Mr Hamilton said working in the army's space helped him learn to think from different perspectives. 

“You want to let your staff work to their comfort level – you’re allowing them to be innovative and create their own ideas,” he said. 

“You don’t teach them what to think, you teach them how to think.

“When you are working at the senior level in the military, you are picking up a heck of a lot of techniques you can bring into your ordinary life,” he said.

Military through and through

Chris Hamilton said he had wanted to be in the army since the age of four. 

“I grew up on a steady diet of World War II books and Commando comics, Mum and Dad were born as a part of the Greatest Generation,” he said.

“Military Service, in no matter the colour the uniform, runs pretty strong in my bloodline – on Mum’s side they are direct descendants of Captain William Bligh, the Governor of New South Wales. 

“On my Dad’s side, there were a number of WWI Veterans and certainly WWII.”

Mr Hamilton would go on to join the cadet unit boarding school and the Army Reserve at University and has crossed over from full-time and part-time army work ever since.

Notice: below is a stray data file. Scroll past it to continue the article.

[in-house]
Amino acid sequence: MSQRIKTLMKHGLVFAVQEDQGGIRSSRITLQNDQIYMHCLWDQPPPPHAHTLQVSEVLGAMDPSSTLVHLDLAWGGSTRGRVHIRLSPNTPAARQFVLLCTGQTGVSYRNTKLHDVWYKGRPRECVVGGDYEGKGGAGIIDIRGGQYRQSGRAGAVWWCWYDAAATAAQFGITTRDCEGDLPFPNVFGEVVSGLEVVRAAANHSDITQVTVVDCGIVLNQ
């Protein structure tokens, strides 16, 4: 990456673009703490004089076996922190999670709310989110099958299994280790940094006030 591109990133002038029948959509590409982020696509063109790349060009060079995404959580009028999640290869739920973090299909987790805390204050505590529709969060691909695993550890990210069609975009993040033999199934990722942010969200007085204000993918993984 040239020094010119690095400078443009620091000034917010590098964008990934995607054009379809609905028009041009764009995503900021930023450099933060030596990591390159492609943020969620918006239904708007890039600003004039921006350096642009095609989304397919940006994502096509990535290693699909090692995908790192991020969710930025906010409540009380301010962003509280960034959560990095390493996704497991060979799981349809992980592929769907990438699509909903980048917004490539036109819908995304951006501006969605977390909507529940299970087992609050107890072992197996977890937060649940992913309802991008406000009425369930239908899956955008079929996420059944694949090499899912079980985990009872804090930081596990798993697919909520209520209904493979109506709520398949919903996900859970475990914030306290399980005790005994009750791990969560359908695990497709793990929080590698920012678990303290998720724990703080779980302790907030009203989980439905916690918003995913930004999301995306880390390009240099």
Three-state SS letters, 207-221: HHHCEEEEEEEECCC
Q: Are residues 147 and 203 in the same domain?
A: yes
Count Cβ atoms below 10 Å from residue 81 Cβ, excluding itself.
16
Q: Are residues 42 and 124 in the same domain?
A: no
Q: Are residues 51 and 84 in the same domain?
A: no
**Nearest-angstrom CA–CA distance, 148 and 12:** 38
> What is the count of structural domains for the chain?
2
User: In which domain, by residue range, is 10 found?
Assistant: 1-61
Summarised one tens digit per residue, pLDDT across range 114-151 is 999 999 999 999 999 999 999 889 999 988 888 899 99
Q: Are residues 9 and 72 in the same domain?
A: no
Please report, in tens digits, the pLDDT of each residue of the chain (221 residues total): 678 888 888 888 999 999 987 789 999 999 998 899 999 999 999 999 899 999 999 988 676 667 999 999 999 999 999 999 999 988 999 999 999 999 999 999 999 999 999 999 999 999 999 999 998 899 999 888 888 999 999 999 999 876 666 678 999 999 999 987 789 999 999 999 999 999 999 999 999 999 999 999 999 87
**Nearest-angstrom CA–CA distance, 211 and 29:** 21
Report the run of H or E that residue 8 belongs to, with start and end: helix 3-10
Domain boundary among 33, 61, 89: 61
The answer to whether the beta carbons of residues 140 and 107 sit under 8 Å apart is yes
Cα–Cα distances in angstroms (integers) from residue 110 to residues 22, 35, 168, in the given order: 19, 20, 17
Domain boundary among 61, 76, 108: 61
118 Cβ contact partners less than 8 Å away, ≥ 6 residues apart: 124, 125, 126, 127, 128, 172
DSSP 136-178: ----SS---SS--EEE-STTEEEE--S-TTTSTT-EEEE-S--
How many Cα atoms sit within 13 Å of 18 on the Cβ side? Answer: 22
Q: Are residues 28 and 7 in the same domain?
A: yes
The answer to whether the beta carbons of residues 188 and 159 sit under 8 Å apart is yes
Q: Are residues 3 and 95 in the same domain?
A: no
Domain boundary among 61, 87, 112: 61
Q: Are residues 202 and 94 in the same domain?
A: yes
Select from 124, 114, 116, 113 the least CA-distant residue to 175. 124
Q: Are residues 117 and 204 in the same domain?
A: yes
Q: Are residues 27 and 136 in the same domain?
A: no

Then, when the former committee of the Longreach RSL Sub Branch vacated their positions, Mr Hamilton took over as the President.
 He is currently is hoping to groom a successor.


QNA

Q: What is the best advice you’ve ever received?
A: It was a fella called Sam Doumany, and he was the former Queensland Attorney General, and he said, treat every cent like it has treacle on it and don’t let it slip between your fingers.A dollar saved is a dollar you don’t have to pay tax on. The other piece of advice would be from my brigadier boss, and he told me if you look after the little things and the big things will take care of themselves.

Q: What do you do in your spare time?
A: Not a lot really. Sleep. Mainly fitness, we have a community fitness group where anyone can turn up. We meet at the Qantas Airpark at 5 am Tuesday and Friday. The rest of the time, I kick back and read a book or watch Netflix or sport, I’m a sport tragic.


Q:
What is your favourite place in the Central West?
A: Birdsville. It’s surreal out there in the desert country. If you talk to the indigenous folk there, they’ll tell you it's where two systems meet - so, everybody goes to the coast for relaxation because that’s where the land meets the sea. But you got out there [Channel Country] it’s where the desert meets the rivers.

Q: What would be your final meal?
A: I reckon a bit T-Bone steak and a drink of rum.

Q: If you could have one celebrity for dinner who would it be?
A: I’m not much of a celebrity man, I’d rather have a business leader or community leader. I think, dare I say it Twiggy Forrest. I’d like to pick his brains.

Q: What is your greatest achievement?
A: My kids. I have three of them, an engineer, a lawyer, and a training lawyer. It was hard yards keeping them focussed, but once they knew what they wanted to do, they couldn’t be stopped.